We never liked the Josh McDaniels hiring in Denver.
We made this known to Broncos fans at the time, and naturally they disliked us for it. No hard feelings. At the time, it was understandable for Broncos fans to protect their new coach. Happy thoughts and notions of optimism are always going to trump the cold, hard reality that McDaniels was little more than a Ohio frat boy who, through his connections with Bill Belichick, got a job he was clearly unqualified for.
The hiring was a microcosm of everything wrong with NFL head coaching hiring today.
While strong minority candidates like Leslie Frazier and Ron Rivera (who had done great work on numerous teams) couldn't get a job despite multiple interviews, the cocky white guy in New England not only took over the head coaching job for a promising Broncos club, but he was also in charge of their personnel department. The results were disaster.
Despite the noble efforts embodied in 'The Rooney Rule,' the fact is stupid white owners are going to hire stupid white coaches because they just don't know any better.
Today, Josh McDaniels is like so many other people from the state of Ohio: Out of work. Meanwhile, Leslie Frazier is 2-0 since taking over the Vikings for recently fired Brad Childress while Ron Rivera's defense in San Diego is about the only thing consistently working for the Chargers.
While it is something of a daily thing around here for us to take shots at Colts president Bill Polian, the one thing I will give him (and owner Jim Irsay) big props on is their willingness and understanding to give truly deserving people a chance to coach regardless of their skin color.
While he is certainly not a popular figure among Indianapolis fans today, Jim Caldwell deserved the head coaching job he got. And while he hasn't impressed many with is sideline demeanor, his win-loss record is pretty good.
This post isn't to suggest that there have not been strides made in the opportunities granted to minority coaches, because there have been. Prior to Super Bowl 41, no African American had ever coached a Super Bowl. Since then, two have won Super Bowls while three of the last four have featured a black head coach on the sidelines. It's also not to suggest 'white people can't coach.' The ability to coach has nothing to do with the color of one's skin. However, the reality of NFL head coaching is often unqualified white guys get good jobs over more qualified minority candidates.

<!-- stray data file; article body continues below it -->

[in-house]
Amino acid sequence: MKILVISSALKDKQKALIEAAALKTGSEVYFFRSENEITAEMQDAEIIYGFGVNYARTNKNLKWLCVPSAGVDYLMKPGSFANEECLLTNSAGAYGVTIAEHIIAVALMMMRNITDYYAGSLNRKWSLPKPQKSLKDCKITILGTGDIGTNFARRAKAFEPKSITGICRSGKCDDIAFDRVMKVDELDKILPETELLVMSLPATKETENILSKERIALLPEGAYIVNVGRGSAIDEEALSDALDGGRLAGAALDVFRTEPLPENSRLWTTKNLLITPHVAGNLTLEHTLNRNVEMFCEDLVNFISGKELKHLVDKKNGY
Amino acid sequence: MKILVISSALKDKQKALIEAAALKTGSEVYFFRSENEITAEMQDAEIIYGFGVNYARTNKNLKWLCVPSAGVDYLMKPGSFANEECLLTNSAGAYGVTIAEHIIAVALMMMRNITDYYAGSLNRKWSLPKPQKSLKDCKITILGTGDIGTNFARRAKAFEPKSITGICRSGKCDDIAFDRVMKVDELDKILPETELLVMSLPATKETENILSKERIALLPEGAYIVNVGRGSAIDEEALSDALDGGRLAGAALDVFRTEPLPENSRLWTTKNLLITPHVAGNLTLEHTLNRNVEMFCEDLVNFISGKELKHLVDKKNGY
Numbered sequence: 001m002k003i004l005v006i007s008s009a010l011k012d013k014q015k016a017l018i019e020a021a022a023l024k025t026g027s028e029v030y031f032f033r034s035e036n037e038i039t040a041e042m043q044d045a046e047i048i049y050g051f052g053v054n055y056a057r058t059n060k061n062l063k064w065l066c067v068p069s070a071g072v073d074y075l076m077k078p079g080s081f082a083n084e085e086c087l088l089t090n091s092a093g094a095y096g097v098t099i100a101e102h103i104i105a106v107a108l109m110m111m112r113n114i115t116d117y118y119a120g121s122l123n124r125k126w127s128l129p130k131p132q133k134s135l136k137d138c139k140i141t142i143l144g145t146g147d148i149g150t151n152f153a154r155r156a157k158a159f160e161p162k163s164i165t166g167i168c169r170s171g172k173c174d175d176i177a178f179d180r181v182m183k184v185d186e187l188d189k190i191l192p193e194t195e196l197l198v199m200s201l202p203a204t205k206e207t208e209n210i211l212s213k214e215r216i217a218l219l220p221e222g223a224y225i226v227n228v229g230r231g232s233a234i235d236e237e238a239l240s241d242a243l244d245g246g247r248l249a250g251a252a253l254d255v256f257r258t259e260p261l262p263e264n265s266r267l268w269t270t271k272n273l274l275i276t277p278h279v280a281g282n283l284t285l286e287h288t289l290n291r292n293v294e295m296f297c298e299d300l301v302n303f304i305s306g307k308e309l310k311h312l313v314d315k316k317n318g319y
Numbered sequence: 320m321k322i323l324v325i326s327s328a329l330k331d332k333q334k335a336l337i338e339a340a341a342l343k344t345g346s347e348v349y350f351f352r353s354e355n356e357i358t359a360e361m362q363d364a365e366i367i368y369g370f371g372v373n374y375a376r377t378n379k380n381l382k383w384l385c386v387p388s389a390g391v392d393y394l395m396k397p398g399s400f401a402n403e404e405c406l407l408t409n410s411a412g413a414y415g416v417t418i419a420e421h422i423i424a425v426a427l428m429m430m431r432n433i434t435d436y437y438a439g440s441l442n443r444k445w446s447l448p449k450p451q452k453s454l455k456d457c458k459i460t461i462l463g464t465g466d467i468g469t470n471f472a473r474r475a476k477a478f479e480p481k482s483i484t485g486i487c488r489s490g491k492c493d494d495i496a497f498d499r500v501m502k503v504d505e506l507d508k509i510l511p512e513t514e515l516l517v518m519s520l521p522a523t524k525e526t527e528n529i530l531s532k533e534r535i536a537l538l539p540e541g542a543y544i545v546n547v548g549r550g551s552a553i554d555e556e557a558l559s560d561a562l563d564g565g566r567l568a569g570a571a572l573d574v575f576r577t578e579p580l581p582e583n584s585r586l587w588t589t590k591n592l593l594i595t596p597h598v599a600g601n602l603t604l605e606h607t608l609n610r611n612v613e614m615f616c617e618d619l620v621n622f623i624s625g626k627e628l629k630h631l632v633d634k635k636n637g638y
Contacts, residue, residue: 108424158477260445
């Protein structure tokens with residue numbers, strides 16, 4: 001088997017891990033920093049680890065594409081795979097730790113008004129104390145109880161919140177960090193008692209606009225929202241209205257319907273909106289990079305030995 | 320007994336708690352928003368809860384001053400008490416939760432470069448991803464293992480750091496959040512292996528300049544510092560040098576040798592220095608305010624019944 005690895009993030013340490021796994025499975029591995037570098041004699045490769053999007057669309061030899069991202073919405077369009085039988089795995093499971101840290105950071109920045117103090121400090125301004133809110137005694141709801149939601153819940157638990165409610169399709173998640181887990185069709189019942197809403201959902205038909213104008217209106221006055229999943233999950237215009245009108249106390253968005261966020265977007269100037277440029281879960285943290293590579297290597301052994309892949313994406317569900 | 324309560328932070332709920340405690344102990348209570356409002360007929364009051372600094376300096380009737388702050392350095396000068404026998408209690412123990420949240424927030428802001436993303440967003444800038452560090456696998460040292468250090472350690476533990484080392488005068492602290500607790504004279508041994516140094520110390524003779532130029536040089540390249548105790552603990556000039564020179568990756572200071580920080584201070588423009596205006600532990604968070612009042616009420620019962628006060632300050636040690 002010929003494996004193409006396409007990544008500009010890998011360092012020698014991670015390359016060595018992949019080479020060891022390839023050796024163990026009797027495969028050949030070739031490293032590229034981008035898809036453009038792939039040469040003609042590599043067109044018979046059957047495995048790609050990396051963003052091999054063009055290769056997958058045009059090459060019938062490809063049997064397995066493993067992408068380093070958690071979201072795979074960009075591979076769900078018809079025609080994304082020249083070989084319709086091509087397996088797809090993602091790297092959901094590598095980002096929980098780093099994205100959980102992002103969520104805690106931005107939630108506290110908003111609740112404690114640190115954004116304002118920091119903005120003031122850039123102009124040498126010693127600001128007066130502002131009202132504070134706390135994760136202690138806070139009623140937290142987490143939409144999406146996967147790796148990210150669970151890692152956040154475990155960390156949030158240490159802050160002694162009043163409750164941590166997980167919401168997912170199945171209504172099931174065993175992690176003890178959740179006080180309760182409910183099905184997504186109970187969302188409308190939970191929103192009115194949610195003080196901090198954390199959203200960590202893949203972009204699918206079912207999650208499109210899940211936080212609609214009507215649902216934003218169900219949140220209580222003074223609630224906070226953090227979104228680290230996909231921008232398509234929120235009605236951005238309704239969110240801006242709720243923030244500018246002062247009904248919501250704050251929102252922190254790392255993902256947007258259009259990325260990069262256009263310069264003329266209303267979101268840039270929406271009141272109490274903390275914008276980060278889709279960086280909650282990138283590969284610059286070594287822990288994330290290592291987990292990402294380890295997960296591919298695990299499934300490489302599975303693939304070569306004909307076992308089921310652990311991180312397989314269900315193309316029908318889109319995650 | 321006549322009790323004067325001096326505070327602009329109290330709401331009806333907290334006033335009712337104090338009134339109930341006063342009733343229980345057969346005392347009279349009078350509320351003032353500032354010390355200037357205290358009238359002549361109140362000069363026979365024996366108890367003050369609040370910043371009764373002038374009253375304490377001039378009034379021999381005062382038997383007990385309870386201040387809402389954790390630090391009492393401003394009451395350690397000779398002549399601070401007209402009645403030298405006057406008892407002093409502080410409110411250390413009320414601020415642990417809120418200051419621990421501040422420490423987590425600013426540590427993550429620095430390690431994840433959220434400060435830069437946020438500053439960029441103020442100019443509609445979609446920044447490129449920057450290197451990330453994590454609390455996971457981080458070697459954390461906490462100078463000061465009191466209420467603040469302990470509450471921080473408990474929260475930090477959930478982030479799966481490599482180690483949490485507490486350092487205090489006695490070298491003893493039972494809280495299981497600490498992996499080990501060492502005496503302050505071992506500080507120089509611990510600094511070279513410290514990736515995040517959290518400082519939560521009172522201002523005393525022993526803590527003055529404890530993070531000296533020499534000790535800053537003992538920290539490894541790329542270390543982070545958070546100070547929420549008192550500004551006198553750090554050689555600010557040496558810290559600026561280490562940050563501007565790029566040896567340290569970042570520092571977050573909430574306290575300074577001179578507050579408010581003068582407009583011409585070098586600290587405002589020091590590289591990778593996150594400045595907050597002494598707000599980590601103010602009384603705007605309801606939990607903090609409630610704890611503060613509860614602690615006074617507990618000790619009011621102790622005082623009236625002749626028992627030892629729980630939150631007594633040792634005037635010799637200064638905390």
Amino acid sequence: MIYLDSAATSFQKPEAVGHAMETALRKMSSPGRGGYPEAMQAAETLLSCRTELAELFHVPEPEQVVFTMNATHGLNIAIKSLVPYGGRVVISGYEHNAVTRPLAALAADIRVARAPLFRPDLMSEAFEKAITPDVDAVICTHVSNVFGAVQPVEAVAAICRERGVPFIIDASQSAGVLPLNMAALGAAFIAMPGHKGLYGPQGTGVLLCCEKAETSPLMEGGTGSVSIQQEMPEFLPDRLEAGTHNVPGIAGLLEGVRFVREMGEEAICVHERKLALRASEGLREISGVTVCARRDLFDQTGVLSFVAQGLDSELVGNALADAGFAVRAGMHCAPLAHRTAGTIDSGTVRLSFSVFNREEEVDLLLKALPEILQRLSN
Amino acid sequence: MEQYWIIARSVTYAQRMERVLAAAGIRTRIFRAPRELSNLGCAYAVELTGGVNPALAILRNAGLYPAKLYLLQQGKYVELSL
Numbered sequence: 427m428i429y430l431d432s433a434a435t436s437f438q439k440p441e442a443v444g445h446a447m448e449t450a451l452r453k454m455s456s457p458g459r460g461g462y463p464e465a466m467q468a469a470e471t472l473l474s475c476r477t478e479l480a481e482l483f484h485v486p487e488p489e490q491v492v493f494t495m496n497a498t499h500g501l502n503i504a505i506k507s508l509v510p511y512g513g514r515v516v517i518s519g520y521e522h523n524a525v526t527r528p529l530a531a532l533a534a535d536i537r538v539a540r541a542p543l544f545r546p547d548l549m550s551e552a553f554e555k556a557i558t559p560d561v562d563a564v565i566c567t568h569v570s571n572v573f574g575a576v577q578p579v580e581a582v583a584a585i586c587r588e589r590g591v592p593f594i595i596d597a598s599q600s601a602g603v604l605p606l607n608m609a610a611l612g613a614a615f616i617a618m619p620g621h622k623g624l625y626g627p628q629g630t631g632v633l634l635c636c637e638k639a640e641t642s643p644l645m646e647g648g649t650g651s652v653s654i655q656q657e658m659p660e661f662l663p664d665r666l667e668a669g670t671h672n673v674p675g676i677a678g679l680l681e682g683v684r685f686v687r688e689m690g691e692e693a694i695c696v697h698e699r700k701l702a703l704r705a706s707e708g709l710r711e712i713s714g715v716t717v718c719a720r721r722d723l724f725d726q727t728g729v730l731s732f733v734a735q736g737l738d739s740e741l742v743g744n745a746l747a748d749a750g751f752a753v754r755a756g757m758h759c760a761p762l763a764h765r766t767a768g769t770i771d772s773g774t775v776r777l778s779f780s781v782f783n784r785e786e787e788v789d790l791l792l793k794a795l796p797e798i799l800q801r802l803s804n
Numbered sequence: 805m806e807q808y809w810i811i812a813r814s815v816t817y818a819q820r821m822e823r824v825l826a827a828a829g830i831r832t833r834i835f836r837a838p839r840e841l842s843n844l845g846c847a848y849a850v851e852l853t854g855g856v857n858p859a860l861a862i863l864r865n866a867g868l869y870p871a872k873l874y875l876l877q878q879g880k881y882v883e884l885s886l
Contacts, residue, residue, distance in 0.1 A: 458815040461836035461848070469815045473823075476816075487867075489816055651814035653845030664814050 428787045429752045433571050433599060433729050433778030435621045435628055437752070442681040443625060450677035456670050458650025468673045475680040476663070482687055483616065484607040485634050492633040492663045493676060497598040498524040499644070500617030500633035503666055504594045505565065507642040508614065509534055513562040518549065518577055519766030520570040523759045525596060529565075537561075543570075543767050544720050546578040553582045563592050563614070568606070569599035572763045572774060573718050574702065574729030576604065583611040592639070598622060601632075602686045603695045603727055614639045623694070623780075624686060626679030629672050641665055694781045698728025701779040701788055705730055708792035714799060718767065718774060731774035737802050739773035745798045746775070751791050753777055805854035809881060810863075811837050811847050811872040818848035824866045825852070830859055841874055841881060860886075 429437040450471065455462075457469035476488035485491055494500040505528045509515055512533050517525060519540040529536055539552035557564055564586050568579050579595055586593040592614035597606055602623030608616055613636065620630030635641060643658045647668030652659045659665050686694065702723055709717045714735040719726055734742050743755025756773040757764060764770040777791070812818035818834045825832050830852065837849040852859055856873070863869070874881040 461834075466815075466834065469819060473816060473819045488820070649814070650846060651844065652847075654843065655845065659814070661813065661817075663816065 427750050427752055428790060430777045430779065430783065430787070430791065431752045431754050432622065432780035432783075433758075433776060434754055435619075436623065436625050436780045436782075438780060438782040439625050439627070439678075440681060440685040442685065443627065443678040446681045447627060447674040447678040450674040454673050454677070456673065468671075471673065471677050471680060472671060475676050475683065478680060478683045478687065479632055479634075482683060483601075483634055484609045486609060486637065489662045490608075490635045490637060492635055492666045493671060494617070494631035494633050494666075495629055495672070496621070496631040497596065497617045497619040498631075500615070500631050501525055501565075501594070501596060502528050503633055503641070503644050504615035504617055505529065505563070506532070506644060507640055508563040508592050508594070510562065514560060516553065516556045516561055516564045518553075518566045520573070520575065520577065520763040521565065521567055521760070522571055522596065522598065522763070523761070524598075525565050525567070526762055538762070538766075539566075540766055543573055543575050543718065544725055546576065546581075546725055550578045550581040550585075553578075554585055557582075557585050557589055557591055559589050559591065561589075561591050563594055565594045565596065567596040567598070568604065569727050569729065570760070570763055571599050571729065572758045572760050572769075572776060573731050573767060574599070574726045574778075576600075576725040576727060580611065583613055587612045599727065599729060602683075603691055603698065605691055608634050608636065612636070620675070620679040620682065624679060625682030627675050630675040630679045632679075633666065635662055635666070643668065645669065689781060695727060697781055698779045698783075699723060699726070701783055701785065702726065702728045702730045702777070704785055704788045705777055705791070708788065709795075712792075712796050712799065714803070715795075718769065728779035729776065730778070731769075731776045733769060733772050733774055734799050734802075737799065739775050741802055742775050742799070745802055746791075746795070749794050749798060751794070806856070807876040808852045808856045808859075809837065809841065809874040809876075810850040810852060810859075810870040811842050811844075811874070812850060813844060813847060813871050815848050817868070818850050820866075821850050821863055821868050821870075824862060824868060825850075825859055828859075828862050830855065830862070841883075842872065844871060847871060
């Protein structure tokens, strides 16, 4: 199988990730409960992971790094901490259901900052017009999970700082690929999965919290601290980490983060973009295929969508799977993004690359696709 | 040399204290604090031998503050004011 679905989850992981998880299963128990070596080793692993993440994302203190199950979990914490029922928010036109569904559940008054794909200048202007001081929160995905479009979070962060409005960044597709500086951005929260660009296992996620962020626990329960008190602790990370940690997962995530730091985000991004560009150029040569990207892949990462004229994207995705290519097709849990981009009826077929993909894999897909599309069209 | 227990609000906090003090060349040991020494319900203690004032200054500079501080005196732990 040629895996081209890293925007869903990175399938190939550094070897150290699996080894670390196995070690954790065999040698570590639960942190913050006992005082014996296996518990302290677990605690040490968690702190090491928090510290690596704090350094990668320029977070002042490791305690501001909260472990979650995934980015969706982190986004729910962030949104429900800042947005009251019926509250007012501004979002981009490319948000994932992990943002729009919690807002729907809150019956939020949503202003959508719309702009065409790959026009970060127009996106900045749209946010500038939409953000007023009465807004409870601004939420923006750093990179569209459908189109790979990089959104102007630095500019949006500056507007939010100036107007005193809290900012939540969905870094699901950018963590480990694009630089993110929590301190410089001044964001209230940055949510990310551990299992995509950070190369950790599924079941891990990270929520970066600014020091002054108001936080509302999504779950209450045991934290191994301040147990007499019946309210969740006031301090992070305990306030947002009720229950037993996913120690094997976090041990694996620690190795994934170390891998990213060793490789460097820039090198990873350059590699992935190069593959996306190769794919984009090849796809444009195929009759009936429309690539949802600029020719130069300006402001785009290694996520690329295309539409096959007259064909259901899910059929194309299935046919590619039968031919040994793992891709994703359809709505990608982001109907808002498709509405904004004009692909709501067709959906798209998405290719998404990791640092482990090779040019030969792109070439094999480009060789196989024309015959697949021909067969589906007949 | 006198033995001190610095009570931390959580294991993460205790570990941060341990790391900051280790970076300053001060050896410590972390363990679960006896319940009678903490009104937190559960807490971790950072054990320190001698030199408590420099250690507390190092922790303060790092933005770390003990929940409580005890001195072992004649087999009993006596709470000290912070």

The McDaniels firing also underscores the fact that former-assistants for Bill Belichick in New England simply do not translate well into strong NFL head coaches. Contrast this with former-Colts and Buccaneers coach Tony Dungy, whose coaching tree rivals the late, great Bill Walsh of the 49ers.
Former Belichick assistants Romeo Crennel (Cleveland Browns), Charlie Weis (Notre Dame), Nick Saban (Miami Dolphins), and now Josh McDaniels were all failures as NFL head coaches. Crennel was fired after four years of missing the playoffs. Weis got booted when he did little to improve Notre Dame over his predecessor, Ty Willingham. McDaniels and Saban both lasted two seasons with their respective clubs before being replaced. In Saban's case, he just up and quit on the team so he could take his talents to Alabama.
Compare this to Tony Dungy's people.
Lovie Smith, after a contentious off-season in Chicago, has the Bears ready for their fourth winning season in six years. The last Bears coach with that level of consistency was Mike Ditka.
At Smith's side is former-Lions coach Rod Marinelli, who has transformed Chicago's defense into one of the best in football. Marinelli is often blamed for the Lions 0-16 season in 2008, but don't let silly generalizations cloud your opinion of Marinelli. I watched six Lions games that year, and if teams like the Raiders played with the guts and fire that the talentless 2008 Lions team did, they'd be the #1 seed in the AFC this year. Marinelli got scrubs, rejects, and nobodys to play hard. Unfortunately, you need talent to win in the NFL, and the talent was lacking in Detroit because then-Lions GM Matt Millen is so incompetent he should interview for the CEO position at BP.
Raheem Morris in Tampa Bay, who Dungy hired as an intern with the Bucs back in 2001, has that team over-achieving this year.
And, for course, Mike Tomlin has the Steelers in position to win the AFC North in 2010, which would be his second division title in four years.
Good people attract more good people, and it's pretty obvious that Tony Dungy knew a thing or two about how to mentor coaches. So, if teams decide this off-season to make a coaching switch, our humble suggestion is to maybe check out a Dungy protege, or two.